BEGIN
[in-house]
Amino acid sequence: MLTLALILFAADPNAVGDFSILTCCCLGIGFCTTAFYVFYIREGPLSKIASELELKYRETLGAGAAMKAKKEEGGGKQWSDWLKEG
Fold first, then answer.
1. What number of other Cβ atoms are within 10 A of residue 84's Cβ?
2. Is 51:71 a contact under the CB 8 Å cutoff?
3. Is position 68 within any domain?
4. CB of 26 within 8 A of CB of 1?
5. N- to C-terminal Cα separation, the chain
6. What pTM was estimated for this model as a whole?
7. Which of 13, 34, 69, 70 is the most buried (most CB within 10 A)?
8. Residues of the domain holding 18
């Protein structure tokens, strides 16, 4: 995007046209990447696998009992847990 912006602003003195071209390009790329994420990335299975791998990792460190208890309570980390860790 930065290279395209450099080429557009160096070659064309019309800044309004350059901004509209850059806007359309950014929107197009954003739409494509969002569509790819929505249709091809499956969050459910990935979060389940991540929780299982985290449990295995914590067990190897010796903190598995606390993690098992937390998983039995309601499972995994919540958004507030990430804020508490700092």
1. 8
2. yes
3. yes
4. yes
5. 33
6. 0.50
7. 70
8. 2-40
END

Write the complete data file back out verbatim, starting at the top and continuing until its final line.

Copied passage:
[in-house]
Amino acid sequence: MLTLALILFAADPNAVGDFSILTCCCLGIGFCTTAFYVFYIREGPLSKIASELELKYRETLGAGAAMKAKKEEGGGKQWSDWLKEG
Fold first, then answer.
1. What number of other Cβ atoms are within 10 A of residue 84's Cβ?
2. Is 51:71 a contact under the CB 8 Å cutoff?
3. Is position 68 within any domain?
4. CB of 26 within 8 A of CB of 1?
5. N- to C-terminal Cα separation, the chain
6. What pTM was estimated for this model as a whole?
7. Which of 13, 34, 69, 70 is the most buried (most CB within 10 A)?
8. Residues of the domain holding 18
């Protein structure tokens, strides 16, 4: 995007046209990447696998009992847990 912006602003003195071209390009790329994420990335299975791998990792460190208890309570980390860790 930065290279395209450099080429557009160096070659064309019309800044309004350059901004509209850059806007359309950014929107197009954003739409494509969002569509790819929505249709091809499956969050459910990935979060389940991540929780299982985290449990295995914590067990190897010796903190598995606390993690098992937390998983039995309601499972995994919540958004507030990430804020508490700092």
1. 8
2. yes
3. yes
4. yes
5. 33
6. 0.50
7. 70
8. 2-40